An Exchange Between Rep. Matt Gaetz And Gen. Milley

Representative Matt Gaetz drilled General Mark Milley on the Withdrawal from Afghanistan, and it was beautiful.  

Gaetz came out of the gate and hit Milley because he spent more time writing a book with Bob Woodward than he did talking to the House Arms Committee and addressing politicians on the matters he should have. Milley went around the law and did what he wanted to and is still covering for President Biden. Milley also neglected to make sure that troops and citizens got out of Afghanistan.  

Milley said that after Kabul, Afghanistan fell, nobody could have anticipated the fall so quickly. As Gaetz noted, Milley said that the U.S. military wasn’t going to beat the Taliban and that the Taliban wasn’t going to beat the Afghan military, “You blew that call, didn’t you, General,” Gaetz asked. 

Gen. Milley responded by saying that he believed it was an issue of strategic stalemate and if the U.S. had stayed in Afghanistan, then Gaetz cut him off, saying, “Well, that’s an interesting answer to a question, just not one I asked. You spent more time on this book with Bob Woodward than analyzing the very likely prospect that the Afghan military was going to fall to the Taliban immediately, didn’t you?”  

“Not even close, Congressman,” was Milley’s response.  

Gaetz snapped back and said that Milley had stated that no one could have predicted the fall of Kabul to the Taliban and asked when Milley was made aware that President Joe Biden had called former Afghan President Ashraf Ghani to lie about the conditions on the ground in Afghanistan.  

Milley said that if the U.S. kept advising the government of Afghanistan, then the army would have still been there, but too sorry too late, I guess.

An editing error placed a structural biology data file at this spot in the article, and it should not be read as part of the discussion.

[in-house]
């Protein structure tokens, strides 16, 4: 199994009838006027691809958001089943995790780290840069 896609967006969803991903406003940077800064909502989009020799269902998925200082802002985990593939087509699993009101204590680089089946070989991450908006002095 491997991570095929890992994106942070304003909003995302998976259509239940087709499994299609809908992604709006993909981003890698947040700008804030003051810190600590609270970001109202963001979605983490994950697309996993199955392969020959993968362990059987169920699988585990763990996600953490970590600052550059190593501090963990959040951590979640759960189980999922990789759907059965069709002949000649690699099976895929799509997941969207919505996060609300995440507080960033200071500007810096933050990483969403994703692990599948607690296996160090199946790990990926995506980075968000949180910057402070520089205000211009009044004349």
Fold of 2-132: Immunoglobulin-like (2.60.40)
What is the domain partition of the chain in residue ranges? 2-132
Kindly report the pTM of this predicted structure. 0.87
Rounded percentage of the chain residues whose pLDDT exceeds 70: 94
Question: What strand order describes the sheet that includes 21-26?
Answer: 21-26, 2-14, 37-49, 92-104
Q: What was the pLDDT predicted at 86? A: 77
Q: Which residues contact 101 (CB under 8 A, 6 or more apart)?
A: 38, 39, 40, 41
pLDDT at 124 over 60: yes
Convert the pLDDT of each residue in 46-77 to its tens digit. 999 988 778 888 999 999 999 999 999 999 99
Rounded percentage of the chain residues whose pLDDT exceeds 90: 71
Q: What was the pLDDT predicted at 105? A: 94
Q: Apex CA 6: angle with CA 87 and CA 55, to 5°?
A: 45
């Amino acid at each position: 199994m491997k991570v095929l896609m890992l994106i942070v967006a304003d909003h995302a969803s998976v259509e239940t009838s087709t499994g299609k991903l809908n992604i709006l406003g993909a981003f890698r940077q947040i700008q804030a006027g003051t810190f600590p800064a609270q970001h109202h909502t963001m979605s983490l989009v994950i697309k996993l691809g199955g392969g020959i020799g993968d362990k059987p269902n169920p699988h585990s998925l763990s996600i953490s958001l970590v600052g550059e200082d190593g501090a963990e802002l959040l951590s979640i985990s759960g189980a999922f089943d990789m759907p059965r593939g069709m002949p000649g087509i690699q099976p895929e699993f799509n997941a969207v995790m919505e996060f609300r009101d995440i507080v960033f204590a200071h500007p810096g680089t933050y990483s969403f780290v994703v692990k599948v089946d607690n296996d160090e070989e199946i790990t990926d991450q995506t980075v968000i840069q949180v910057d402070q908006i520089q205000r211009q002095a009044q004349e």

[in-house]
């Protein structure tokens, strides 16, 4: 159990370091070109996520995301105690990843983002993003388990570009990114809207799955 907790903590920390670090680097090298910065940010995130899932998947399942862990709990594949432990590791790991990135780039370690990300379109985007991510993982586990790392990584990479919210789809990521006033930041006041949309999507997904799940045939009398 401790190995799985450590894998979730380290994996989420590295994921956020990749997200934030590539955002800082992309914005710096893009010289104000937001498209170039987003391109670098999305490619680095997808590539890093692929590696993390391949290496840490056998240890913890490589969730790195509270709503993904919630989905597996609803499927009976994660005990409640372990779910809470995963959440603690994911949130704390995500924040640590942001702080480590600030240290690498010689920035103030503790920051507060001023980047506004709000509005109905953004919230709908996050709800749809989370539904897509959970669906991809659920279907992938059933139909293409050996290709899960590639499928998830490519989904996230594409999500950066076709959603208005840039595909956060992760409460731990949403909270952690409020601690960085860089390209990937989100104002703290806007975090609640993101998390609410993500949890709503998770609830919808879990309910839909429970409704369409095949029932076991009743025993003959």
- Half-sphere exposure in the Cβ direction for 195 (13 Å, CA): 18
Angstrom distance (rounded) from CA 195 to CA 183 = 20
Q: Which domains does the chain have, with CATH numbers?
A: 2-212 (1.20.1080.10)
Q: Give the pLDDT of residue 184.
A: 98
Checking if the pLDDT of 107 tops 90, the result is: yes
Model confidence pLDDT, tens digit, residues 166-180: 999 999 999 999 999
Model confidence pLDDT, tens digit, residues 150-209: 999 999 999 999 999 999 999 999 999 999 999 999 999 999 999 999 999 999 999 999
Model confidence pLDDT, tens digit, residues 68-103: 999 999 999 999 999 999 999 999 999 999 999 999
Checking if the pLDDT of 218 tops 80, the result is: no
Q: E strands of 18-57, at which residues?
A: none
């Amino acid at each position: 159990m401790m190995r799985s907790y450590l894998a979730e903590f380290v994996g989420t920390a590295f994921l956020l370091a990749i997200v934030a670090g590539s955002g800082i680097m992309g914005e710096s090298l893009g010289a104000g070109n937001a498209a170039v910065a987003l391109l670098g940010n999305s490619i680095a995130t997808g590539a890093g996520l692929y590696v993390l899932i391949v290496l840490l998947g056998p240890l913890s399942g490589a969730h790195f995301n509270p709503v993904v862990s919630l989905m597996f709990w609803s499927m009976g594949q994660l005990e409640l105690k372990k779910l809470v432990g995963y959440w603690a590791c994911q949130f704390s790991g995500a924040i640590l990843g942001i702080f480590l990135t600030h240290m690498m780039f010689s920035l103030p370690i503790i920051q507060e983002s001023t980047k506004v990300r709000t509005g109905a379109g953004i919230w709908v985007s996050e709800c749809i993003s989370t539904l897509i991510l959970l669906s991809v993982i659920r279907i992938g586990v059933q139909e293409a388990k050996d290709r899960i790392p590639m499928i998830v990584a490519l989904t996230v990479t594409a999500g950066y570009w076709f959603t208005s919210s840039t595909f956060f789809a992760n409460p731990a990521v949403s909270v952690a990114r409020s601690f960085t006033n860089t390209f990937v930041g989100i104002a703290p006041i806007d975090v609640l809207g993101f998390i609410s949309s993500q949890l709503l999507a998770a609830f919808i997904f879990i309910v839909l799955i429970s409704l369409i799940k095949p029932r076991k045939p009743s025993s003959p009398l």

Gaetz turned his attention to Secretary of Defense Lloyd Austin and asked if he could assess another’s will to fight. Austin said no, and Gaetz said it’s an “incredibly disappointing thing for the Secretary of Defense to say” that he can’t determine another’s will to fight. Gaetz noted that Austin was a failure in Syria when Lloyd was given billions of dollars to train the Syrians to fight the Bashar al-Assad government, which is still in charge. Now he was training the Afghans to fight the Taliban, and the Taliban are in charge. Gaetz said that the consistent failure should prove that Austin doesn’t know how to do his job.  

“It seems like you’re chronically bad at this,” was the quote of the entire banter. To every top leader in the United States military, they all seem very bad at their job, and Gaetz noted that he’s almost sure that all of them will “fail upward” as they have been making their entire careers.  

Lastly, Gaetz said that when people in the military like Stuart Scheller stand up and demand accountability from their leadership, they get put in prison. When actual failure happens, nobody is held accountable for anything, which will likely be the situation for Austin, Milley, and Biden.